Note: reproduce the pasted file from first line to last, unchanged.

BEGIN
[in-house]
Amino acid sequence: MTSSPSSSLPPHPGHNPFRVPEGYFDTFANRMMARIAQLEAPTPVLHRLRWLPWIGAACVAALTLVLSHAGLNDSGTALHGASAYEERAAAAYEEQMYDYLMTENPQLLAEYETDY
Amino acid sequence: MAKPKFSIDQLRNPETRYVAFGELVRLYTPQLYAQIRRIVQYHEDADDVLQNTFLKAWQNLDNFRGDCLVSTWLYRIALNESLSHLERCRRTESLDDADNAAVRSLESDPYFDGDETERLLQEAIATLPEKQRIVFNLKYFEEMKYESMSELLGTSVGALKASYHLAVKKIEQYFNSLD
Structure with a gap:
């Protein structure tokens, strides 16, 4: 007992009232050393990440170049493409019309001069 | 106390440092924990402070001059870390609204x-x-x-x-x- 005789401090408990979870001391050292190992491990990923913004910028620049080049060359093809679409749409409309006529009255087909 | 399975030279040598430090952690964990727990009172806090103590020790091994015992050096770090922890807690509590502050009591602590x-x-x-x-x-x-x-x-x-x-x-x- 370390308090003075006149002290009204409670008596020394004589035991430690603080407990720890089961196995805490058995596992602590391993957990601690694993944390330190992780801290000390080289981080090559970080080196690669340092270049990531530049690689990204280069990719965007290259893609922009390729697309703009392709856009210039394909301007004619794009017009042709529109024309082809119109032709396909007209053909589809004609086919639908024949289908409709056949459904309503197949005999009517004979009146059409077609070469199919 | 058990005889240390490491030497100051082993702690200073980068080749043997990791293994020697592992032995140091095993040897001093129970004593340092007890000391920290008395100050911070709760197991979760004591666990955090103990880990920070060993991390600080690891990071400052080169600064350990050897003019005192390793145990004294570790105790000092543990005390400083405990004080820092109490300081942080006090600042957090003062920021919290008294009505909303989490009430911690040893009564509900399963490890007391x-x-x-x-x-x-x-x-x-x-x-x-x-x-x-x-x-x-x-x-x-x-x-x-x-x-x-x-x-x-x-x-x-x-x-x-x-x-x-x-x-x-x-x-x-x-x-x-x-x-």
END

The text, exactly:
[in-house]
Amino acid sequence: MTSSPSSSLPPHPGHNPFRVPEGYFDTFANRMMARIAQLEAPTPVLHRLRWLPWIGAACVAALTLVLSHAGLNDSGTALHGASAYEERAAAAYEEQMYDYLMTENPQLLAEYETDY
Amino acid sequence: MAKPKFSIDQLRNPETRYVAFGELVRLYTPQLYAQIRRIVQYHEDADDVLQNTFLKAWQNLDNFRGDCLVSTWLYRIALNESLSHLERCRRTESLDDADNAAVRSLESDPYFDGDETERLLQEAIATLPEKQRIVFNLKYFEEMKYESMSELLGTSVGALKASYHLAVKKIEQYFNSLD
Structure with a gap:
């Protein structure tokens, strides 16, 4: 007992009232050393990440170049493409019309001069 | 106390440092924990402070001059870390609204x-x-x-x-x- 005789401090408990979870001391050292190992491990990923913004910028620049080049060359093809679409749409409309006529009255087909 | 399975030279040598430090952690964990727990009172806090103590020790091994015992050096770090922890807690509590502050009591602590x-x-x-x-x-x-x-x-x-x-x-x- 370390308090003075006149002290009204409670008596020394004589035991430690603080407990720890089961196995805490058995596992602590391993957990601690694993944390330190992780801290000390080289981080090559970080080196690669340092270049990531530049690689990204280069990719965007290259893609922009390729697309703009392709856009210039394909301007004619794009017009042709529109024309082809119109032709396909007209053909589809004609086919639908024949289908409709056949459904309503197949005999009517004979009146059409077609070469199919 | 058990005889240390490491030497100051082993702690200073980068080749043997990791293994020697592992032995140091095993040897001093129970004593340092007890000391920290008395100050911070709760197991979760004591666990955090103990880990920070060993991390600080690891990071400052080169600064350990050897003019005192390793145990004294570790105790000092543990005390400083405990004080820092109490300081942080006090600042957090003062920021919290008294009505909303989490009430911690040893009564509900399963490890007391x-x-x-x-x-x-x-x-x-x-x-x-x-x-x-x-x-x-x-x-x-x-x-x-x-x-x-x-x-x-x-x-x-x-x-x-x-x-x-x-x-x-x-x-x-x-x-x-x-x-």